Scott, Hinojosa Urge Appropriations Subcommittees to Protect Pell Grants for Students
WASHINGTON – Today, Ranking Member Robert “Bobby” Scott (VA-03) and Ranking Member Rubén Hinojosa (TX-15) sent a letter to Senate and House Appropriations Subcommittees on Labor, Health and Human Services, Education, and Related Agencies (LHHS) expressing concern with proposals that would weaken the Pell Grant program in the FY 2017 LHHS bill, and supporting an increase in the maximum Pell Grant award. Committee Democrats believe that students should have access to a higher education that provides them with the knowledge and skills they need to compete in the 21st century economy without having to take on decades’ worth of student debt. Pell Grants— the foundation of federal financial aid for low-income students—are critical to this effort. The letter argues for Congress to keep any surpluses in the Pell Grant within the Pell Grant program and not divert these funds to unrelated programs or agencies within the LHHS bill.
“To support the Pell Grant program, it is critical to preserve all available resources in the program,” read the letter. “Rescissions, cancellations, or funding level cuts will worsen the funding outlook for Pell Grants and make it harder to strengthen the program through reauthorization of the Higher Education Act. Any current surplus balance reflects Congress’ intent to make college more affordable for millions of students. In fiscal year 2017, we urge you to keep these funds in the Pell Grant program.”
Rather than directing Pell resources to other priorities, Ranking Members Scott and Hinojosa urged the subcommittees to make good use of surplus balances by increasing the award – set in the LHHS bill – from $4,860 to $5,000. This increase, when paired with the supplemental funding provided in statute, would raise the maximum Pell Grant to an estimated $6,055 in the 2017-18 academic year—increasing the purchasing power of Pell to two-thirds of the average price of tuition and fees at an in-state four-year institution. Committee Democrats are committed to working towards a comprehensive and bipartisan reauthorization of the Higher Education Act. An increase of the maximum Pell Grant award through the appropriations process will bolster efforts during reauthorization to ensure Pell Grants cover a greater share of college costs for more students.
Full text of the letter:
Dear Chairman Blunt, Ranking Member Murray, Chairman Cole, and Ranking Member DeLauro:
For nearly a half-century, the Pell Grant program has been the foundation of federal financial aid for low-income students – opening doors to colleges and universities across the nation. As House and Senate Appropriations Committees continue to work on the Labor, Health and Human Services, and Education (LHHS) funding bills, we write to reinforce the importance of the Pell Grant program and urge against harmful cuts that will make college more expensive for students in future years.
As you are aware, the March update to CBO’s Pell baseline expects the program to carry forward a temporary $7.8 billion in surplus balances due to lower-than-expected program costs. While we are pleased the program is on strong fiscal footing in a tight budget climate, we are concerned there will be proposals to raid Pell to address other similarly important LHHS funding needs. These needs should be met through a strong LHHS allocation rather than on the backs of college students.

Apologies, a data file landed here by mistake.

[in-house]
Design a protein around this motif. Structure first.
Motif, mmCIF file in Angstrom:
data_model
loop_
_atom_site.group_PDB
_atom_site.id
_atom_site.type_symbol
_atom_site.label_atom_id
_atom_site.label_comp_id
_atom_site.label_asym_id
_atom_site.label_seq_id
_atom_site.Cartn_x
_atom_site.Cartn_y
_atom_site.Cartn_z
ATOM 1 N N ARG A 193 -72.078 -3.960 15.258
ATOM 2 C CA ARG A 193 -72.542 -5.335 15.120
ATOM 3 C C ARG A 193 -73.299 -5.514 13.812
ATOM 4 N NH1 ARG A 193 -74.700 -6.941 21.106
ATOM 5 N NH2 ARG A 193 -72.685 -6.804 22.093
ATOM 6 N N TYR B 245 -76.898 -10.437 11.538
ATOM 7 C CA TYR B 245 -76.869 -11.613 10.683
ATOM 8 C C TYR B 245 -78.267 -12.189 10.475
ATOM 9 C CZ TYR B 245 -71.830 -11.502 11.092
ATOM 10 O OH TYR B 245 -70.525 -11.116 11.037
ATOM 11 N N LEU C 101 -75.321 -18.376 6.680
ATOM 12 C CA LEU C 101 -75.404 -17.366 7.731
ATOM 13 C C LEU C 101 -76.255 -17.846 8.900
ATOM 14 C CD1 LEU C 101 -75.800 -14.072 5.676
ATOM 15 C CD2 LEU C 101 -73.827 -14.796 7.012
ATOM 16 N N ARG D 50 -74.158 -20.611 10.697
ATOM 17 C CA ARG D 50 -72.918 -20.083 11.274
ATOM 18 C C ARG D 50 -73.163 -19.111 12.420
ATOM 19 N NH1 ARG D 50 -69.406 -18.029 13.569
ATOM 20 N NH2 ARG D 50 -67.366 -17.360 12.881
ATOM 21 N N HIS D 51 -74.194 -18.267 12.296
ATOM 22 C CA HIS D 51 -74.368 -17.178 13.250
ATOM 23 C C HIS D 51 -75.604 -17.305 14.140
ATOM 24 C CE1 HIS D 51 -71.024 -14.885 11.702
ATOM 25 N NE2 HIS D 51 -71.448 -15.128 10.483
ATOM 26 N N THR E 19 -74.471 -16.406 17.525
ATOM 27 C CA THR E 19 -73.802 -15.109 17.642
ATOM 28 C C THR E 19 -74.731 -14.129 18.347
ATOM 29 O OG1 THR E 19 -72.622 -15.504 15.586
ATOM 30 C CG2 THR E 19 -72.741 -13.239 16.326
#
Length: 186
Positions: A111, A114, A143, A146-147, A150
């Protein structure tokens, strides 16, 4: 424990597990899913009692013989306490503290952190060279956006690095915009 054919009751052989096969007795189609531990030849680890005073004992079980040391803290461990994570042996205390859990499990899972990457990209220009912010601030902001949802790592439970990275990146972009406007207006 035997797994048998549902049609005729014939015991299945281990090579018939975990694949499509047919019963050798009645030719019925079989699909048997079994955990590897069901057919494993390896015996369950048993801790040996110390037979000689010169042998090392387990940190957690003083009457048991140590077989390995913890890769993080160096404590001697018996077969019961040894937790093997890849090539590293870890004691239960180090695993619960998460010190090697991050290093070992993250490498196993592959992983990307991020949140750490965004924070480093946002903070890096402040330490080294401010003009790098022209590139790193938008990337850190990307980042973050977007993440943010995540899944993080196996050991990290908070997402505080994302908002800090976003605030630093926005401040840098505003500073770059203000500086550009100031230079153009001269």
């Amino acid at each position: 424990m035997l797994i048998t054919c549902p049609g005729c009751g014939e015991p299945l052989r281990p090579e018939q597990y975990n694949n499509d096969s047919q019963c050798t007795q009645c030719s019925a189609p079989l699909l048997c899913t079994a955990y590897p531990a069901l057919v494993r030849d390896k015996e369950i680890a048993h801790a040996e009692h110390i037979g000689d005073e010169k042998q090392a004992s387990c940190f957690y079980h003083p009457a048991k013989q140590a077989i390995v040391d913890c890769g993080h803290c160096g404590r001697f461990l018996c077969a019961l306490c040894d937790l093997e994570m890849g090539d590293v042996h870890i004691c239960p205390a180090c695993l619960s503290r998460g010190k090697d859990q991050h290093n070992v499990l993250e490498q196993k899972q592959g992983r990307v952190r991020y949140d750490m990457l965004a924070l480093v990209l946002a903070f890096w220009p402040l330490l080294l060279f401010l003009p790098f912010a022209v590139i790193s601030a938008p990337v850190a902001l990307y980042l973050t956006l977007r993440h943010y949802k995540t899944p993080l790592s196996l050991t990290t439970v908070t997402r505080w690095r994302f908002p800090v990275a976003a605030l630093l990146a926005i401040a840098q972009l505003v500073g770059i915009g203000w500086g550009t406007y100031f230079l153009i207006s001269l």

To support Pell Grants, it is critical to preserve all available resources in the program. Rescissions, cancellations, or funding level cuts will worsen the funding outlook for Pell Grants and make it harder to strengthen the program through reauthorization of the Higher Education Act. Any current surplus balance reflects Congress’ intent to make college more affordable for millions of students. In fiscal year 2017, we urge you to keep these funds in the Pell Grant program.
In the 2009 Omnibus Appropriations Act, Congress and President Obama enacted a historic increase in the Pell Grant maximum award as millions of Americans went back to school to develop their skills. The Student Aid and Fiscal Responsibility Act (SAFRA) built on these gains by automatically increasing the maximum award with inflation through 2017. However, despite these efforts to improve affordability, the cost of attending college still continues to rise, and the Pell Grant simply isn’t keeping pace.
This year, with the program financially strong, the House and Senate Appropriations Committees have an opportunity to give Pell Grant recipients their first significant raise since 2009 by increasing the maximum discretionary award set in appropriations from $4,860 to $5,000. This increase, when paired with the supplemental funding provided in statute, would raise the maximum Pell Grant to an estimated $6,055 in the 2017-18 academic year—increasing the purchasing power of Pell to two-thirds of the average price of tuition and fees at an in-state four-year institution.
Starting in 2017, the final year of Pell inflationary increases, the SAFRA formula allows us to increase the discretionary award without requiring a large mandatory offset. This is because the mandatory add-on for 2017 and every subsequent year is calculated as a function of the discretionary award that was set in the 2016 appropriations bill. On top of this critical new investment for students, there should also be enough resources to restore year-round Pell eligibility while still leaving the program in solid financial standing for future years. In light of this positive funding outlook, we should take advantage of our opportunity in the 2017 LHHS bill to place critical new dollars in the pockets of hard working Pell Grant recipients.
Thank you for your attention to this matter. We look forward to your response.
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